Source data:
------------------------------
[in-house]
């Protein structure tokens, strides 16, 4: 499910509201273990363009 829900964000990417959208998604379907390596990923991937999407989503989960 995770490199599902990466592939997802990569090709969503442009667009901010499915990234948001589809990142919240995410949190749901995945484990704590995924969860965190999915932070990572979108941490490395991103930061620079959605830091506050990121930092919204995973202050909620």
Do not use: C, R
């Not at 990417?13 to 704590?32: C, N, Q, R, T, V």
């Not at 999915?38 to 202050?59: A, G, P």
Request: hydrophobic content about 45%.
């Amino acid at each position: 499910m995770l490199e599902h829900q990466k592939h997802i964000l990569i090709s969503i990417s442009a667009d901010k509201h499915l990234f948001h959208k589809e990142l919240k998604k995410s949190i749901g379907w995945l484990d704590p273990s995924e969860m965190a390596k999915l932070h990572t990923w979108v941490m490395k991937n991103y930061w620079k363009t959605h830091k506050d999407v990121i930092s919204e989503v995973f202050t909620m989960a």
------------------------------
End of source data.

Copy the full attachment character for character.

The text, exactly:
[in-house]
């Protein structure tokens, strides 16, 4: 499910509201273990363009 829900964000990417959208998604379907390596990923991937999407989503989960 995770490199599902990466592939997802990569090709969503442009667009901010499915990234948001589809990142919240995410949190749901995945484990704590995924969860965190999915932070990572979108941490490395991103930061620079959605830091506050990121930092919204995973202050909620």
Do not use: C, R
């Not at 990417?13 to 704590?32: C, N, Q, R, T, V």
């Not at 999915?38 to 202050?59: A, G, P």
Request: hydrophobic content about 45%.
């Amino acid at each position: 499910m995770l490199e599902h829900q990466k592939h997802i964000l990569i090709s969503i990417s442009a667009d901010k509201h499915l990234f948001h959208k589809e990142l919240k998604k995410s949190i749901g379907w995945l484990d704590p273990s995924e969860m965190a390596k999915l932070h990572t990923w979108v941490m490395k991937n991103y930061w620079k363009t959605h830091k506050d999407v990121i930092s919204e989503v995973f202050t909620m989960a």